Organised by CABI and the Royal Veterinary College, 'Animals Behaving Badly – Veterinary/Welfare Perspectives' is a symposium on problem behaviour of pets and leisure horses, the science that helps understand the causes, and helps prevent or remedy them. The event is hosted at the Royal Veterinary College's Camden Campus and is free to attend but you will need to register.
Significant levels of stress, poor socialization and inappropriate choice of pets leads to problems in dogs and cats. More than 80% of leisure horses have behavioural problems. This can lead to breakdown of the human-animal bond with unwanted animals, and can be an underlying factor in health problems in the animals.
This symposium brings together experts researching problems in dogs, cats, and horses to help understand the links between behaviour and welfare and the science that helps veterinarians and behaviourists advise on prevention or cure.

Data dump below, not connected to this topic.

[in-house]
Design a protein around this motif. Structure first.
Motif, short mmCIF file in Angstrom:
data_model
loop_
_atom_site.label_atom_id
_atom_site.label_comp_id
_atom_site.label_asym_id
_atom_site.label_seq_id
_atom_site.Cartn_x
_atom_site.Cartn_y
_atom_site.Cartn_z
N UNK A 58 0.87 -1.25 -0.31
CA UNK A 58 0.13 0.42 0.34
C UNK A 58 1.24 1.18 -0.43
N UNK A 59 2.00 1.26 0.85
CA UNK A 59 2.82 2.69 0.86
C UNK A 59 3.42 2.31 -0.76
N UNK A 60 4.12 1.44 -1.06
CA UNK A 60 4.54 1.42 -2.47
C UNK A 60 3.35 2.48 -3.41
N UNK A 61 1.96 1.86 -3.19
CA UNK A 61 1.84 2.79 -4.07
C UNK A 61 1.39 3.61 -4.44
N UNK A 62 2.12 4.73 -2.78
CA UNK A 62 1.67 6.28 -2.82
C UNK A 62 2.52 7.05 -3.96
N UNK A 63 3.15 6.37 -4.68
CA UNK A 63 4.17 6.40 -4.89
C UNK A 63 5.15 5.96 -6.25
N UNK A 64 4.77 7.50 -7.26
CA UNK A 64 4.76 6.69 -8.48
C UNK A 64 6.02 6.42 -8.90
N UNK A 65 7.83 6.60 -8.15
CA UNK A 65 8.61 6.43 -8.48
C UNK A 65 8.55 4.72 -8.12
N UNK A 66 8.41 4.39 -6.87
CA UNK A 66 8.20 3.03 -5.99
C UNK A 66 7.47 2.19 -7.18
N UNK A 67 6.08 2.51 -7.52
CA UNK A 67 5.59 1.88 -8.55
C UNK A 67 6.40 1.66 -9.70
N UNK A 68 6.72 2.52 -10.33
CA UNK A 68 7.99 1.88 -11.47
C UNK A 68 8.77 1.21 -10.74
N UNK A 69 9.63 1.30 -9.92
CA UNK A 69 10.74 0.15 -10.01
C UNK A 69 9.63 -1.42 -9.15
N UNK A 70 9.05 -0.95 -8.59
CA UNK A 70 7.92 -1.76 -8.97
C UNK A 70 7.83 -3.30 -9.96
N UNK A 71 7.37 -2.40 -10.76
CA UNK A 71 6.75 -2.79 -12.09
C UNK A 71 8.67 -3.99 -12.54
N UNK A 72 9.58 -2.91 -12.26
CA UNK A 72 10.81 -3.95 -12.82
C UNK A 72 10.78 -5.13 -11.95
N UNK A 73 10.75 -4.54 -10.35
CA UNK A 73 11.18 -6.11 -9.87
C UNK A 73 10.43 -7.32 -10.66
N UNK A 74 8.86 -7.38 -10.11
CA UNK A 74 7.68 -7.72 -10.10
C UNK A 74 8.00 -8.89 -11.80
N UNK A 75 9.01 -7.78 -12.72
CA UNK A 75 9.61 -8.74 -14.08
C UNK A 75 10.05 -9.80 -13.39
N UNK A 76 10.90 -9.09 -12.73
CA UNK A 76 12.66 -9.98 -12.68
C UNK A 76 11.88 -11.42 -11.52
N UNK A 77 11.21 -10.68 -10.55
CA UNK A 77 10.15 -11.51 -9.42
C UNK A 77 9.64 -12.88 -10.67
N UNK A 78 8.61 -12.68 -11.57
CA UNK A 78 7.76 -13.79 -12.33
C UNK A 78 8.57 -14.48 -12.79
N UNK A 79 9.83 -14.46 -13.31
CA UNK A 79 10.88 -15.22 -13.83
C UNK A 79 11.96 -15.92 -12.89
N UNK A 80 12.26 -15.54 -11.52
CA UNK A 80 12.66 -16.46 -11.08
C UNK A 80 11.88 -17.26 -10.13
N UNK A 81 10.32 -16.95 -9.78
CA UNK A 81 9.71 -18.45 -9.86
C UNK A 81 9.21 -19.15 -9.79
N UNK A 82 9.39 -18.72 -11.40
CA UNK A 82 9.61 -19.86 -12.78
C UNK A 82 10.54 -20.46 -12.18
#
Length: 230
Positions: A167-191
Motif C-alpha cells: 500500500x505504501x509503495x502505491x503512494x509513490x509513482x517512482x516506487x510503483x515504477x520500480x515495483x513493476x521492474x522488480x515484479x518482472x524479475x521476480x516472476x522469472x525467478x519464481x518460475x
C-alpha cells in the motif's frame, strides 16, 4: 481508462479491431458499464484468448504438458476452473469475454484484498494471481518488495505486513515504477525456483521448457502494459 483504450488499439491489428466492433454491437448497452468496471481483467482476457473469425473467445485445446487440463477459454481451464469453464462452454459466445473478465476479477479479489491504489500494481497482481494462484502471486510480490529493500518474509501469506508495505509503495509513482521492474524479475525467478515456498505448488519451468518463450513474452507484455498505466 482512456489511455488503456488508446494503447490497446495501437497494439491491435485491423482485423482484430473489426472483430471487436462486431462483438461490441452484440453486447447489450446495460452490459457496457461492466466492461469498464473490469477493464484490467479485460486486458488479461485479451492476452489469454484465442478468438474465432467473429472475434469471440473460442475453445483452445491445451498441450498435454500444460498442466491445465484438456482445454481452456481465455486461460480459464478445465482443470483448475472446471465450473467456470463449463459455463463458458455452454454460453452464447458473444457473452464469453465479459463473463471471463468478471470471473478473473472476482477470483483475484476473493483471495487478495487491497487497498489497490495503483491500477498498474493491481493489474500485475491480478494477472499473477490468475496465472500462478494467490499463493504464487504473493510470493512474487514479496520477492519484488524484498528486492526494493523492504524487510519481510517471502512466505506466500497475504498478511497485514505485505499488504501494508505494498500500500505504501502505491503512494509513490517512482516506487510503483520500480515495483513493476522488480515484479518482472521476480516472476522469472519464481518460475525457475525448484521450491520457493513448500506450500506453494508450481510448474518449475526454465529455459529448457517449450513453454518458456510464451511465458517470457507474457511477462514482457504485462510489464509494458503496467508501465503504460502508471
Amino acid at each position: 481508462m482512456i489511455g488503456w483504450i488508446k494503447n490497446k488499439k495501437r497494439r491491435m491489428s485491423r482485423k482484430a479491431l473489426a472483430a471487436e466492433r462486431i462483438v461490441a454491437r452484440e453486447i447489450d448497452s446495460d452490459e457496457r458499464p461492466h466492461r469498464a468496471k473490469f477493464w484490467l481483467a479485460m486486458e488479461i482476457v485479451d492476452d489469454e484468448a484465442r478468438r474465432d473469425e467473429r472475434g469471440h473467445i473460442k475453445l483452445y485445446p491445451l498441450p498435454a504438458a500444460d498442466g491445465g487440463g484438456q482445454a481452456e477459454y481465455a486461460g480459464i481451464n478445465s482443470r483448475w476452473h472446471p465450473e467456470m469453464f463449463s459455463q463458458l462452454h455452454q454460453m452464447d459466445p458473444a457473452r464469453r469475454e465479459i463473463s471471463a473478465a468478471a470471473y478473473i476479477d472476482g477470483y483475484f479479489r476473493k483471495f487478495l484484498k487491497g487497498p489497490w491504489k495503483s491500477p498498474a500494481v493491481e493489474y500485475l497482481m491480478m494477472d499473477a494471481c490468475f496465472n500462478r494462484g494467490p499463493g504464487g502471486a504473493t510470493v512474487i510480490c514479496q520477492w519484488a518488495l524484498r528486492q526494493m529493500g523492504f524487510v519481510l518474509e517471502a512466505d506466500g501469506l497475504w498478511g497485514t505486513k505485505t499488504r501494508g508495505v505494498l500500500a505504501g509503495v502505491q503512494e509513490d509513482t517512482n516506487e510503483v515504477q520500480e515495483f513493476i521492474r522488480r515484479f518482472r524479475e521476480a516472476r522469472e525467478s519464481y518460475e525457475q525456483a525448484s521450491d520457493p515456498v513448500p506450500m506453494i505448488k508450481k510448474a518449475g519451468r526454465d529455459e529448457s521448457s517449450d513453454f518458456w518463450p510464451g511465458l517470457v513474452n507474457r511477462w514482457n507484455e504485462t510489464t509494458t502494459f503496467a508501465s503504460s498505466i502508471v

It is aimed at veterinarians, behaviourists and those professionally interested in animal welfare and behaviour.
The presentations will be followed by a panel discussion, chaired by Martin Whiting of the RVC. The Symposium will be followed by a reception. The event is free but all attendees must register.
Professor Don Broom, University of Cambridge, UK
Dr. Alexandra Moesta , Pet Behaviour and Care Manager, WALTHAM Centre for Pet Nutrition Feline behaviour and welfare
Title: How many is too many? Common behaviour problems in multi- cat households and welfare impact
Dr. Lisa Collins, Reader in Animal Health and Welfare, Bioveterinary Science School of Life Sciences University of Lincoln
Title: Canine behaviour and welfare: an epidemiological approach
Dr. Roly Owers, Chief Executive, World Horse Welfare
Title: ‘I’m telling you something’s wrong’ – how equine behaviour relates to welfare.
Exploring the signs, causes and impact of common equine behavioural problems.
Dr. Charlotte Burn, Lecturer in Animal Welfare and Behaviour Science & Deputy Head of Group, Centre for Animal Welfare, Royal Veterinary College, London
Title: ‘When the devil makes work for idle paws: how captive environments can lead to abnormal behaviour in animals’